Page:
Relief for Air India: No TDS on Rental of Aircraft Engine as per DTAA, says ITAT [Read Order]

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Air India - DTAA - Technical Services Fee - ancillary and subsidiary service - rental of ships- aircraft - ITAT - Taxscan

In a major relief to Air India, the Income Tax Appellate Tribunal (ITAT), Delhi Bench ruled that the Technical Services Fee does to include the amount paid for ancillary and subsidiary service to the rental of ships as per Double Taxation Avoidance Agreement (DTAA) between India and Neitherland.

The assessee, M/s. Air India Ltd. is a Government owned company, which is into transportation of goods, passengers and parcels etc. in domestic and international sectors through aircrafts and as such, is a national carrier of India. The assessee has been regularly filing their TDS return by depositing taxes in time in accordance with the Income-tax Rules, 1962.

The assessee filed TDS return for second quarter, third quarter and fourth quarter. Accordingly, an order under section 200A of the Income-tax Act, 1961 was passed and thereafter an order under section 154 of the Act was received by the assessee for second quarter, third quarter and fourth quarter.

The dispute in the instant appeals is qua applying the TDS rate at 20.12% or 10% on transfer between ELFC and the assessee for taking an engine on lease under an Agreement. It is also not in dispute that ELFC, the lessor is a foreign company having no Permanent Establishment (PE) and was a tax resident of Neitherland.

Under Article 7 of DTAA between India and Neitherland, the profits of enterprise of a contracting state shall be taxable only in that state unless the enterprise carries on business in the other contracting state through a “permanent establishment” situated therein.

The engine is a part of aircraft and cannot be said to be an aircraft and the payment being made for rent of engine can be covered under equipment as per section 12(4) of the DTAA between India and Neitherland. The assessee has not deducted this TDS from the payment but has deposited from their own account and has absorbed it as cost. Since payee, ELFC, being a foreign company having no PAN, the assessee reported the transaction without PAN in the quarterly TDS statements.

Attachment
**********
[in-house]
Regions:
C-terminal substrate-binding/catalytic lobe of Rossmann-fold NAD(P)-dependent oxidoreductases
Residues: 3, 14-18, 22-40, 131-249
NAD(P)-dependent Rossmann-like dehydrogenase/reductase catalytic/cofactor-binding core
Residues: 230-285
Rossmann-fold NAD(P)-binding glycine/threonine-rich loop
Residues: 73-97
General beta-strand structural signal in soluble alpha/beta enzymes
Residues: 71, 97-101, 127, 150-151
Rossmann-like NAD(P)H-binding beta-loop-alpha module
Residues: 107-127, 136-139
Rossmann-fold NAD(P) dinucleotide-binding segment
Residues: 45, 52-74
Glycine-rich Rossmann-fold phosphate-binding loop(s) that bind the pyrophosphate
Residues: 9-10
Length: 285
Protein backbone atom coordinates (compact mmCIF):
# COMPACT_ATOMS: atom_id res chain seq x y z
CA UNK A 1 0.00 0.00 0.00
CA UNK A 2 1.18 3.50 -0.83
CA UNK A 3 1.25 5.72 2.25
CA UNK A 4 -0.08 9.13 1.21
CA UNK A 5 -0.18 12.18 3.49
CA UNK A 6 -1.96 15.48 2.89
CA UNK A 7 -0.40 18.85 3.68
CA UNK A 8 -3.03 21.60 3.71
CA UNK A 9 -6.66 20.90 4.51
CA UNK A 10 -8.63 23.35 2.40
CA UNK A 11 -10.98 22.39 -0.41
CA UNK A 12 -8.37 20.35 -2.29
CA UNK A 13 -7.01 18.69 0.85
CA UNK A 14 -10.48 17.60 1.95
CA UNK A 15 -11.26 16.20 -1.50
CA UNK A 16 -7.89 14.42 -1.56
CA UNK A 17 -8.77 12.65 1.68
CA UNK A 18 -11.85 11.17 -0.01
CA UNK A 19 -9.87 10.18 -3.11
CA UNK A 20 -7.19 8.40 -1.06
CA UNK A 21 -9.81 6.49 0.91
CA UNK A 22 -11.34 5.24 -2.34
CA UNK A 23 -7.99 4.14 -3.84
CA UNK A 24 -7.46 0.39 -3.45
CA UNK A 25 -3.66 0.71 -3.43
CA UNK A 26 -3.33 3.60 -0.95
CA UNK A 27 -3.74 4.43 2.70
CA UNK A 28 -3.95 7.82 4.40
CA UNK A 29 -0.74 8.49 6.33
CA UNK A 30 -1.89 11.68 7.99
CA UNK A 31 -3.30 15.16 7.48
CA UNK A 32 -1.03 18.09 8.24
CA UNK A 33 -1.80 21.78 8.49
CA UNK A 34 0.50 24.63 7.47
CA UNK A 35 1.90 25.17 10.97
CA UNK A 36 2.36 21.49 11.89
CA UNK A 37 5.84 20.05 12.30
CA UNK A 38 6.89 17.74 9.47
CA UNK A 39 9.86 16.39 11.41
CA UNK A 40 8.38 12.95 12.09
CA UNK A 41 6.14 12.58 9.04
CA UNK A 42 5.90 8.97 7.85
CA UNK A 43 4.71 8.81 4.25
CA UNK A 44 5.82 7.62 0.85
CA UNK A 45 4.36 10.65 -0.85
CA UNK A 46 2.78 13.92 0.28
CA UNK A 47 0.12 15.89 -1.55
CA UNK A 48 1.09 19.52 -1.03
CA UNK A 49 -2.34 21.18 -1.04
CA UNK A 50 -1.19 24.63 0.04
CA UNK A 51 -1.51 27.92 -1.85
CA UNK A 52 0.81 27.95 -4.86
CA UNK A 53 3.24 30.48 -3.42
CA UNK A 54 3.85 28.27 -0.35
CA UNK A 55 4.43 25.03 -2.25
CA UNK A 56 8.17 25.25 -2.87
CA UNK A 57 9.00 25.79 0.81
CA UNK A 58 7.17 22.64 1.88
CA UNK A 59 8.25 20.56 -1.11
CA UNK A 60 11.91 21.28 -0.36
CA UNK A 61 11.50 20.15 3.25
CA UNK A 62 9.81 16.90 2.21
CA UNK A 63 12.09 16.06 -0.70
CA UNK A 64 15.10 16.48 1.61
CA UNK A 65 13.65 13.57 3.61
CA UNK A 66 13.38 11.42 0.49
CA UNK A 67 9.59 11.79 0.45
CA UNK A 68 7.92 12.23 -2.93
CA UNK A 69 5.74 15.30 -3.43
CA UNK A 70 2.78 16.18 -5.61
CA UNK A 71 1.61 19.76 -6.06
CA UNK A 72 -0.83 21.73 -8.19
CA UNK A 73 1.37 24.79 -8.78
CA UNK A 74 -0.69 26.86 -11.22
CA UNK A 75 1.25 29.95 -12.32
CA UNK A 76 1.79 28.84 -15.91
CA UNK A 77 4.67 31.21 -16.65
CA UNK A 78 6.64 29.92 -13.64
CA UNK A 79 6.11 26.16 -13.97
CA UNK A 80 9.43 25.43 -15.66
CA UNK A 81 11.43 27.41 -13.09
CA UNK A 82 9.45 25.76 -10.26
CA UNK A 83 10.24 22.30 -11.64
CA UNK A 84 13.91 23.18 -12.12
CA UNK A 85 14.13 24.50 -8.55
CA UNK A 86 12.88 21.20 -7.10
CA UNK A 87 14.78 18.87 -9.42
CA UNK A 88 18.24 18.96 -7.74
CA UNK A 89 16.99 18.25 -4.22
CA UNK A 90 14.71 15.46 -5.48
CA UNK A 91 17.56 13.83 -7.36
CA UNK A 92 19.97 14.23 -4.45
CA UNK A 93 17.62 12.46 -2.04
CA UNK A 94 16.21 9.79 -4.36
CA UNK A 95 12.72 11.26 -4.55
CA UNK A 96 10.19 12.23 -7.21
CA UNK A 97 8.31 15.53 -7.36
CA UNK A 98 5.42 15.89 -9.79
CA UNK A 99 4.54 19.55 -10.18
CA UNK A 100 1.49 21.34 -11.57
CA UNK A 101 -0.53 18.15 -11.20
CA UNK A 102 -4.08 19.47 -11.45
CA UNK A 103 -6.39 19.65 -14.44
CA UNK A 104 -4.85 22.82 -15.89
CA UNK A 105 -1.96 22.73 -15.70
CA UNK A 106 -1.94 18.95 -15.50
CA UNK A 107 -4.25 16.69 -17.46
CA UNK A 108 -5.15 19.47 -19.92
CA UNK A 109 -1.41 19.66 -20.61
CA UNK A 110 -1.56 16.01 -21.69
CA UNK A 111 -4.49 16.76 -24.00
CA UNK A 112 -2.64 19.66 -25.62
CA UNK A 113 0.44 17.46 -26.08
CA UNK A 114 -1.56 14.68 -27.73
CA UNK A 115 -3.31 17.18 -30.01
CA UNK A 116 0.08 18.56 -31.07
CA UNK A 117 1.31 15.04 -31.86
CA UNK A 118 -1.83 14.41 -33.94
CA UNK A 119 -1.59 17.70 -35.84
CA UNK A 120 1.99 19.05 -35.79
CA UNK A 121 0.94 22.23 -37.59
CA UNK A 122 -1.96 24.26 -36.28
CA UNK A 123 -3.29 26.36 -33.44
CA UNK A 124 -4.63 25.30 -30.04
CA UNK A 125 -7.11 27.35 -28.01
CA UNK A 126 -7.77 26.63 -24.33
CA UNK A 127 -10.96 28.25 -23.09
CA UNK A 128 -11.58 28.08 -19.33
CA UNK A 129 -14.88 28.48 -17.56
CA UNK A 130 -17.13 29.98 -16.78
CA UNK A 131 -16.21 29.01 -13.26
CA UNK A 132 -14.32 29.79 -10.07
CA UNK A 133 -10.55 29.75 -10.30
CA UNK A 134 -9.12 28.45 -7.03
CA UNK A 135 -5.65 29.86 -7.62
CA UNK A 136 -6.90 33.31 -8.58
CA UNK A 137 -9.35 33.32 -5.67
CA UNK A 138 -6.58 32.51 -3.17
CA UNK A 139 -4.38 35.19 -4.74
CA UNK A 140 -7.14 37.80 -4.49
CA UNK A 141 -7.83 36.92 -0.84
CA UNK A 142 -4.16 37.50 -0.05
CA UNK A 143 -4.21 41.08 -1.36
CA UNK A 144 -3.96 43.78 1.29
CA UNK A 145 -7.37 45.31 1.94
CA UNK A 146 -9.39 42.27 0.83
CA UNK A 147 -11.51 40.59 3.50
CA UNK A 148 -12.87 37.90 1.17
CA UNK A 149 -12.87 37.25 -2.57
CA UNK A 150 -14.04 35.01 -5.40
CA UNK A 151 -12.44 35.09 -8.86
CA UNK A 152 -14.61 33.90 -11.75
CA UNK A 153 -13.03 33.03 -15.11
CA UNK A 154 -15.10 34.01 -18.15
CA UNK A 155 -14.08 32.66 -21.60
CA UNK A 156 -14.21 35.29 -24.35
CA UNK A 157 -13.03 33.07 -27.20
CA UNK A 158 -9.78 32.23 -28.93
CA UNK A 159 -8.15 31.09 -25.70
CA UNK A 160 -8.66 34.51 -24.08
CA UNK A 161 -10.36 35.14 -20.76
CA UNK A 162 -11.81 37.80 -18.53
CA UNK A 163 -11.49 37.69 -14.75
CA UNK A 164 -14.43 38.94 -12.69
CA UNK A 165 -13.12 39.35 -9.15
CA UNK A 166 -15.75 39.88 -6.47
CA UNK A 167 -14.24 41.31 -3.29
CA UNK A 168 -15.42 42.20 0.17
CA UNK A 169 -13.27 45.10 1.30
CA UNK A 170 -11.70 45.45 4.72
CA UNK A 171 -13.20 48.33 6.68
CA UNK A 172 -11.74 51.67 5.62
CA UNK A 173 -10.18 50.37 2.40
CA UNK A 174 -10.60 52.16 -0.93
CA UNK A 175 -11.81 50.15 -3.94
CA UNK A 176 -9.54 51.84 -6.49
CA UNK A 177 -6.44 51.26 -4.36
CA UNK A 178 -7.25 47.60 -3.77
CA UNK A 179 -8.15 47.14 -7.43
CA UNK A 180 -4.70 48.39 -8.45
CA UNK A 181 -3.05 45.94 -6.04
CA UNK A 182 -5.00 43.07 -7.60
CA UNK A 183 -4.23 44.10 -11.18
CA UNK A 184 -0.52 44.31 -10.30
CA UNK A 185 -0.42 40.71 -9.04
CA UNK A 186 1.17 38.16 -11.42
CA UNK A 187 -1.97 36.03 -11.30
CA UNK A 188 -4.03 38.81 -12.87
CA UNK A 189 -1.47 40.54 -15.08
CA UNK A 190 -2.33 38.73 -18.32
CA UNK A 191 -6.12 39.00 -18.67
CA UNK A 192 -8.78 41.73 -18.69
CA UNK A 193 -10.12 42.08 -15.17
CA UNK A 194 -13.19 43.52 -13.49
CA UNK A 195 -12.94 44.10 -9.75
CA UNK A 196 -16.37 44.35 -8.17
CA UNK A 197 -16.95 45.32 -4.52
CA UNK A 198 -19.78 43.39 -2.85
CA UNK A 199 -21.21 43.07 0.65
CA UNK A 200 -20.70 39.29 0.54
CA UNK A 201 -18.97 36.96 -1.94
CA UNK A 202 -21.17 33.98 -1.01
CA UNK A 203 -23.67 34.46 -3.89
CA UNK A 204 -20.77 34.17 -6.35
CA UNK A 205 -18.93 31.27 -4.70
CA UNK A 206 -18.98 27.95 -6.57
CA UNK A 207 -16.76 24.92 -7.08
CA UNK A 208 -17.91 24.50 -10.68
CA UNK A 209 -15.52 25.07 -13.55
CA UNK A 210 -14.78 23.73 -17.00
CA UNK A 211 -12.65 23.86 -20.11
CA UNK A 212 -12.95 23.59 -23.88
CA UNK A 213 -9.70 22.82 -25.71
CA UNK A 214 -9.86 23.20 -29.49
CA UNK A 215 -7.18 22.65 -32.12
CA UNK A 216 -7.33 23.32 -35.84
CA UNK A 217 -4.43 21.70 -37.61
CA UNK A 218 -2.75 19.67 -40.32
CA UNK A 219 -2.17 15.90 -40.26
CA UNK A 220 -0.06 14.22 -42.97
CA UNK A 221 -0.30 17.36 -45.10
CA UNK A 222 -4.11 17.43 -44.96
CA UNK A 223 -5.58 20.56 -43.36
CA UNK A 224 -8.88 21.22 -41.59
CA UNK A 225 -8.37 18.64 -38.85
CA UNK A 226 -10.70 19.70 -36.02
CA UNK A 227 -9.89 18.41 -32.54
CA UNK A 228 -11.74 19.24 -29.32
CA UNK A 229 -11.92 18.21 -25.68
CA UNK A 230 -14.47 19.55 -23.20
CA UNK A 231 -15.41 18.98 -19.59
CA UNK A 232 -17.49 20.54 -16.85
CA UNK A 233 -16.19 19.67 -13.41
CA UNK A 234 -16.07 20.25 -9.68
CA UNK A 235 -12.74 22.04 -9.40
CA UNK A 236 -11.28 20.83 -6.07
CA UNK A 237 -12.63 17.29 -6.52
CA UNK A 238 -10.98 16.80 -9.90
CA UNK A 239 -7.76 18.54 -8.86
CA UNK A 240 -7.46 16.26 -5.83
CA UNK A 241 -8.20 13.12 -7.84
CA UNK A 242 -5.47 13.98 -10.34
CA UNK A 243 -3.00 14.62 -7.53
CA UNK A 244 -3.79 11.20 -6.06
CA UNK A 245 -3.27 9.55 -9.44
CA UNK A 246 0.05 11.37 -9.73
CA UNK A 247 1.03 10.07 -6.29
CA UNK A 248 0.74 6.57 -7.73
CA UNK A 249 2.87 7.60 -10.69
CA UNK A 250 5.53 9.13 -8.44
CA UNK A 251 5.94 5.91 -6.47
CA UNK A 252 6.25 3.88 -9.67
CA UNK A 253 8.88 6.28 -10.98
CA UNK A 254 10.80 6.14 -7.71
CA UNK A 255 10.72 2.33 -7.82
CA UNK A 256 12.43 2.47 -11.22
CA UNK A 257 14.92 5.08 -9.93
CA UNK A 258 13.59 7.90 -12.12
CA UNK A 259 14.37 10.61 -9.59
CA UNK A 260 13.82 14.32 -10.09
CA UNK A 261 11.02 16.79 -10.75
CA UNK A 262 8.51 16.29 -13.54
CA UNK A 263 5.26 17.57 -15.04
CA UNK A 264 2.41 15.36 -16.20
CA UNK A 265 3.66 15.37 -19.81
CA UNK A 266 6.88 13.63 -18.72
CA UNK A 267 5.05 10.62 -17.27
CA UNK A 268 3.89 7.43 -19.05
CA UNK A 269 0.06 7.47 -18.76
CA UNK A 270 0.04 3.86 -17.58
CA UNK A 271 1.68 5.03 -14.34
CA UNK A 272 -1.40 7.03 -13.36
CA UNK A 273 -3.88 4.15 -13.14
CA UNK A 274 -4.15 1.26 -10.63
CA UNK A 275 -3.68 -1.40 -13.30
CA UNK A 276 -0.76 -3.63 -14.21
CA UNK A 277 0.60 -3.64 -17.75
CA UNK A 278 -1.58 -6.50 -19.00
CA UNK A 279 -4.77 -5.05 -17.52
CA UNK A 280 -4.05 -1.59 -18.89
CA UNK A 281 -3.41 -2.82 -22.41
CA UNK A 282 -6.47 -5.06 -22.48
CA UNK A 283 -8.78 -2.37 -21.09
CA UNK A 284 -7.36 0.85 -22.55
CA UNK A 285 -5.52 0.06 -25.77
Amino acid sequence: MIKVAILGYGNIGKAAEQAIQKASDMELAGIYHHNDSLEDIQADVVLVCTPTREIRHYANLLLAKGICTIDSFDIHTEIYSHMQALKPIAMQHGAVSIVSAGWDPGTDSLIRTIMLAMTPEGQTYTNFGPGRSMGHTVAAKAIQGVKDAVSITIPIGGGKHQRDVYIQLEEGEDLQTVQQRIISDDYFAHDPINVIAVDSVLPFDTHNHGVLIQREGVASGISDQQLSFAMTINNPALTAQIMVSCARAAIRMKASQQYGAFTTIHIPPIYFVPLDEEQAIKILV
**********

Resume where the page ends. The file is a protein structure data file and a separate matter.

The Coram of Anil Chaturvedi and Kuldip Singh while keeping in view the facts inter alia that engine is a part of aircraft and cannot be said to be an aircraft and payment made for rent of engine are covered under equipment as per Article 12 (4) of the DTAA between India and Neitherland. Under Article 12(4) of the DTAA between India and Neitherland, the term “royalty” does not cover use of, or the right to use equipment itself.

The Tribunal held that the rental of aircraft engine is neither a copyright nor a payment of any information; that under Article 12(6) of the DTAA, fee for technical services also does not include the amount paid for services that are ancillary and subsidiary to the rental of ships, aircrafts, containers or other equipment used in connection with the operation of ships or aircrafts in international traffic; the assessee is entitled for beneficial provisions of DTAA.

“we are of the considered view that ld. CIT (A) has erred in holding that in this case, provisions contained u/s 206AA overrides beneficial provisions of DTAA between India and Neitherland. Consequently, the assessee has rightly deducted the tax @ 10% as per provisions contained under DTAA as section 206AA cannot have an overriding effect on DTAA, hence no demand is payable by the assessee. Hence, the question framed is decided in favour of the assessee,” the ITAT said.

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